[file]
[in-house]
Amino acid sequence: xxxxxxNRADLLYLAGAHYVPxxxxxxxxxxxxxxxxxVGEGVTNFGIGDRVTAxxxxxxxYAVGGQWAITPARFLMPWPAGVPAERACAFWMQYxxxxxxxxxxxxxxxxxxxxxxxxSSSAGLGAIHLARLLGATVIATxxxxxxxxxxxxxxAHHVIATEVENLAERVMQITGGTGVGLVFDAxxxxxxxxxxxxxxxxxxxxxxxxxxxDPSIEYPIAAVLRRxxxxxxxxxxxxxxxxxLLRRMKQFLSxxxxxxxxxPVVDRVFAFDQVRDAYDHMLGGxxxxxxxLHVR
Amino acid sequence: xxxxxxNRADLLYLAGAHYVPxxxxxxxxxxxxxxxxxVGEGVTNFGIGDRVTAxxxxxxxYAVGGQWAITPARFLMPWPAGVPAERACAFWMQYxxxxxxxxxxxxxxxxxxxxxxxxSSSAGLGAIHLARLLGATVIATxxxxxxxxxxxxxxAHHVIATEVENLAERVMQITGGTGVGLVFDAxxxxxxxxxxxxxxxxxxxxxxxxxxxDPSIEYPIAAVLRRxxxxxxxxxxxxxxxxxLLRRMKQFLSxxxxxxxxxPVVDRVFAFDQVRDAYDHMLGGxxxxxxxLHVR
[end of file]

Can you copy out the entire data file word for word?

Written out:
[in-house]
Amino acid sequence: xxxxxxNRADLLYLAGAHYVPxxxxxxxxxxxxxxxxxVGEGVTNFGIGDRVTAxxxxxxxYAVGGQWAITPARFLMPWPAGVPAERACAFWMQYxxxxxxxxxxxxxxxxxxxxxxxxSSSAGLGAIHLARLLGATVIATxxxxxxxxxxxxxxAHHVIATEVENLAERVMQITGGTGVGLVFDAxxxxxxxxxxxxxxxxxxxxxxxxxxxDPSIEYPIAAVLRRxxxxxxxxxxxxxxxxxLLRRMKQFLSxxxxxxxxxPVVDRVFAFDQVRDAYDHMLGGxxxxxxxLHVR
Amino acid sequence: xxxxxxNRADLLYLAGAHYVPxxxxxxxxxxxxxxxxxVGEGVTNFGIGDRVTAxxxxxxxYAVGGQWAITPARFLMPWPAGVPAERACAFWMQYxxxxxxxxxxxxxxxxxxxxxxxxSSSAGLGAIHLARLLGATVIATxxxxxxxxxxxxxxAHHVIATEVENLAERVMQITGGTGVGLVFDAxxxxxxxxxxxxxxxxxxxxxxxxxxxDPSIEYPIAAVLRRxxxxxxxxxxxxxxxxxLLRRMKQFLSxxxxxxxxxPVVDRVFAFDQVRDAYDHMLGGxxxxxxxLHVR